This month Dr. Rohini Rau (youngest doctor at Kauvery), shares with us how Kauvery Hospital has helped her, to persue her talents and enable her to have a good work life balance. Read the interesting article below.
I was always called a Jack-of-all-trades. And it was always associated with being master of none!
My childhood was filled with different activities that I did for 1 hour every day after school. From the age of 5 until I was 15 years old. Mondays and Fridays were reserved for Bharatnatyam, Tuesdays and Thursdays for piano and then later violin was also added on for about 5 years, Wednesdays for BhairavMushti (Martial Arts), Tap dancing/ Jazz ballet, Saturdays for theatre, orchestra and choir, Sundays for Horse Riding and then at the age of 10 it was for Sailing.
My mother believed that it was important to learn Art, Music and Sport to help develop a well-rounded personality. To me, it seemed to be a way to find out what I enjoyed or what I was good at. I was told that I couldn’t just quit if I didn’t like it, I had to give it time to learn it properly. I guess that was the basis of developing qualities such as perseverance, discipline and hard work.
Medicine wasn’t my first choice. I loved science, but I always thought I would do bio informatics/ biomechanical engineering / Biotechnology. But when I found out all these subjects required a lot of mathematics, I quickly changed my mind.
In my 12th standard, I won India’s first Asian Gold Medal by a youth team, just 2 months before my board exams. That year sailing was included in the sports quota for medicine and I got one of 3 seats and ended up in Chengalpet Govt. Medical College in 2004. I had told my parents that I would only join if they would let me quit if I didn’t like the course. Luckily thanks to my wonderful professor Dr TL Anbumani who was my Anatomy Professor, I loved Anatomy and even managed a distinction in spite of taking part in 7 sailing championships during my first year of MBBS.
I had tried to get a transfer to the city so that I could train, but in vain. I then travelled by train every day to make sure I could get the required training for my sailing events.
I spent the next 10 years balancing medicine and a sailing career. I campaigned in the Laser Radial class (single hander women class) for the Olympic Games in 2008 and 2012. By this time I had participated in 8 World Championships, won 6 international medals and 32 National Medals including 8 Consecutive National titles in the Laser Radial. And became the only Indian woman sailor to beat the Army and Navy sailors in the laser radial Class at the Nationals.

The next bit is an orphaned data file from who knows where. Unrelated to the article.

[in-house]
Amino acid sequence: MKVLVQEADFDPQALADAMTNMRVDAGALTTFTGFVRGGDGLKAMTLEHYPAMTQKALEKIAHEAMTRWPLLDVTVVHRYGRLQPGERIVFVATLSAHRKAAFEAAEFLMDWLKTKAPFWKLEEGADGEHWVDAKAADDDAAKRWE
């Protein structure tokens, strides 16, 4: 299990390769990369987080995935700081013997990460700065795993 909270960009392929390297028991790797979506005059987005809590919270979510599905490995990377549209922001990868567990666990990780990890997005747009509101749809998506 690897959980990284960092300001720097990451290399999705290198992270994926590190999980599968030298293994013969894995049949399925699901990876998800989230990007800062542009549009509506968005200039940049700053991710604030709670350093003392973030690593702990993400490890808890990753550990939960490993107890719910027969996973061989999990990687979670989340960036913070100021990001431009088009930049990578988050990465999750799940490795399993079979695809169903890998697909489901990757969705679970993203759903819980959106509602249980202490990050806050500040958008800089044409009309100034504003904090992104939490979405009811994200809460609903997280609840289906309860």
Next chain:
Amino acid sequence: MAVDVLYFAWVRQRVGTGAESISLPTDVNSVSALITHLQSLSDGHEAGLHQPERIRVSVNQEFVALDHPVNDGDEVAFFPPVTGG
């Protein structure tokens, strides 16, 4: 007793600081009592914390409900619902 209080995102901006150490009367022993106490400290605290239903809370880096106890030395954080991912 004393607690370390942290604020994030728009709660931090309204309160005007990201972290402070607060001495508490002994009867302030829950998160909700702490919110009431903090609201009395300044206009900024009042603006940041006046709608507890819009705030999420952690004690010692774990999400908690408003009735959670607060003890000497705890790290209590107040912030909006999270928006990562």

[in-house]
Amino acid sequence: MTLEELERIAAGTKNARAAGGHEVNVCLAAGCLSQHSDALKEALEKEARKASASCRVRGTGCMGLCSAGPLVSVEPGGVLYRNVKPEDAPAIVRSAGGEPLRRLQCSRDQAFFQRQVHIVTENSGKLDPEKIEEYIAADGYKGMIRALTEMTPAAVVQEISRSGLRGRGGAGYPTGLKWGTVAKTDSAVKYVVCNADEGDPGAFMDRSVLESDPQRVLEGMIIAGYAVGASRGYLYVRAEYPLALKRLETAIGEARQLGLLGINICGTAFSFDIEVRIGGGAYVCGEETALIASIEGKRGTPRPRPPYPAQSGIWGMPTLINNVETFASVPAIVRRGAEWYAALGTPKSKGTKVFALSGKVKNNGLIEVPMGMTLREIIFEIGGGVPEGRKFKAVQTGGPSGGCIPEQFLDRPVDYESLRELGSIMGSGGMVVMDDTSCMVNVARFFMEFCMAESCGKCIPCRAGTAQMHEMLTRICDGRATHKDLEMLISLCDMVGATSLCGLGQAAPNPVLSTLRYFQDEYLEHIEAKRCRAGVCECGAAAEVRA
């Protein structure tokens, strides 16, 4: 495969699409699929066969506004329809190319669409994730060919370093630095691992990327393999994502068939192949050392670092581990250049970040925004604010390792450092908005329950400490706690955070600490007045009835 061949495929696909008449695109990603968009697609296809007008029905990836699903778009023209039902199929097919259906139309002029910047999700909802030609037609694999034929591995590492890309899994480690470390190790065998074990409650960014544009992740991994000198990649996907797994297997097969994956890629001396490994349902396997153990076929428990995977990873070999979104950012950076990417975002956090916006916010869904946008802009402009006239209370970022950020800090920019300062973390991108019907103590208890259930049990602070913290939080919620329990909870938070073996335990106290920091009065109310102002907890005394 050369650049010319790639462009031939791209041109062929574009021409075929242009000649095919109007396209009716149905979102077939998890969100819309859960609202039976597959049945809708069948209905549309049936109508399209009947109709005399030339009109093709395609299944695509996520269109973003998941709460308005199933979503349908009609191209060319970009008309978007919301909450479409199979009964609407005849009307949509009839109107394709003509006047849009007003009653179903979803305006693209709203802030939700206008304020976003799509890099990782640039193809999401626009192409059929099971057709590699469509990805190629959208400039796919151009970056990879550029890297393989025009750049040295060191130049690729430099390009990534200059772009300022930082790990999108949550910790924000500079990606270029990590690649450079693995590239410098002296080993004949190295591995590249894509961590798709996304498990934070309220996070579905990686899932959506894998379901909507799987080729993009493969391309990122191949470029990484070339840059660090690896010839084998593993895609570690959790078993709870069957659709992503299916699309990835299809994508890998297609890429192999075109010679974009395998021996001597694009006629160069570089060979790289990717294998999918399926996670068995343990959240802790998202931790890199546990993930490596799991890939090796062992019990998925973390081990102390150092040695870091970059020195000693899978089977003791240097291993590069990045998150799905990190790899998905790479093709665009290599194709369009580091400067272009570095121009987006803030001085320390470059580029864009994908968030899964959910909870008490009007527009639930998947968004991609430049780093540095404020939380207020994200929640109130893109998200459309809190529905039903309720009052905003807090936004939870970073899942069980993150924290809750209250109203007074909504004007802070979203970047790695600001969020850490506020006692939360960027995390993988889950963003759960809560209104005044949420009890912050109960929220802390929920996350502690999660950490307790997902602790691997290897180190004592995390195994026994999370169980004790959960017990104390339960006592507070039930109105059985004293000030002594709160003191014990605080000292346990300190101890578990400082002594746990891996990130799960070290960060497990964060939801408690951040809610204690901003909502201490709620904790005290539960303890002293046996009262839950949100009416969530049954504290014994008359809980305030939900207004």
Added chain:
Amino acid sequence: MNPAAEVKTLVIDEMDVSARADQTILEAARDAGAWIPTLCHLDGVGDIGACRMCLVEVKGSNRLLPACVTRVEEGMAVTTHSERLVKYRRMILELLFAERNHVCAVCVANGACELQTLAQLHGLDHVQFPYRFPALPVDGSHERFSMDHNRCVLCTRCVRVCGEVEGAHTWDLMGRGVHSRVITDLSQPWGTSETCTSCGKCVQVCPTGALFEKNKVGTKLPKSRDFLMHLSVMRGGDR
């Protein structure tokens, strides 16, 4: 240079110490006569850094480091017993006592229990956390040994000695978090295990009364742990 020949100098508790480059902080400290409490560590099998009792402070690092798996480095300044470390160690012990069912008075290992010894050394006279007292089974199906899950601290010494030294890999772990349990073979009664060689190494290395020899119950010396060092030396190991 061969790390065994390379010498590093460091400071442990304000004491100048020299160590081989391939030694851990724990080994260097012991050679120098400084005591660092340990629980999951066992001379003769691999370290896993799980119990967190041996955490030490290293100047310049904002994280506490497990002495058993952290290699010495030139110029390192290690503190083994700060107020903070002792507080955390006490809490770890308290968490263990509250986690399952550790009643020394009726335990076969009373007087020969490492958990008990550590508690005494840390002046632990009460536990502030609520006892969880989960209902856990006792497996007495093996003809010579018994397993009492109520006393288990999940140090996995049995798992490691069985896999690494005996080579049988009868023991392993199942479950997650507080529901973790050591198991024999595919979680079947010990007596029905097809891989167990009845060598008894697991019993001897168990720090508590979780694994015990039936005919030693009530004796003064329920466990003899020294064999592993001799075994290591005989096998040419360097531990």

In 2012, I took a break from sailing to complete my degree. I finished my MBBS and in 2015 I finished my internship and joined Kauvery Hospital as a Duty Medical Officer.
In 2009 I was offered a TED Fellowship and was invited to many conferences to share my journey balancing medicine and a sporting career. It was daunting to think of what my life would be after I stopped sailing, but to my luck there were many opportunities that unfolded. In 2012, I was invited to start the Chennai Chapter of the Global Shapers Community (an initiative of the World Economic Forum) - there were many projects that were developed here that won international grants.
It was very important for me to have a good work life balance, and Kauvery Hospital was able to give me just that. During my time here, I have learnt a lot from fellow doctors and staff nurses. I have had the opportunity to travel for conferences, speak and host events. I was appointed as a Health Researcher for the National Geographic Okavango Wilderness Project in Angola for 3 weeks. I became a certified Humanitarian Design thinking facilitator for many international projects in Ethiopia, Nepal, Kenya and India.
In 2016 I enrolled in the MSc Internal Medicine programme from University of Edinburgh with a scholarship. Under Dr R Balasubramaniyam as Supervisor I am currently doing my final year research thesis in Acute Kidney Injury at Kauvery Hospital, Chennai.
Just when I thought that I had given up sailing, something that I did for 15 years in my life, an opportunity presented itself to me. So, after 7 years this July I am making a comeback into competitive sailing with India’s first All Women’s J80 Team at the World Sailing Championship 2019 in Bilbao, Spain.
I am very thankful for all the support which has allowed me to grow with the Organisation and follow my dreams. I owe a lot to the entire Kauvery family for the encouragement and guidance through all of my endeavours.
I look forward to your best wishes as I take on this new challenge. I can now finally say that I am proud of being a Jack-of-all-trades to become a master of my life!
Article by Dr. Rohini Rau, SICU - In- Charge
Senior Resident Medical Officer, Kauvery Hospital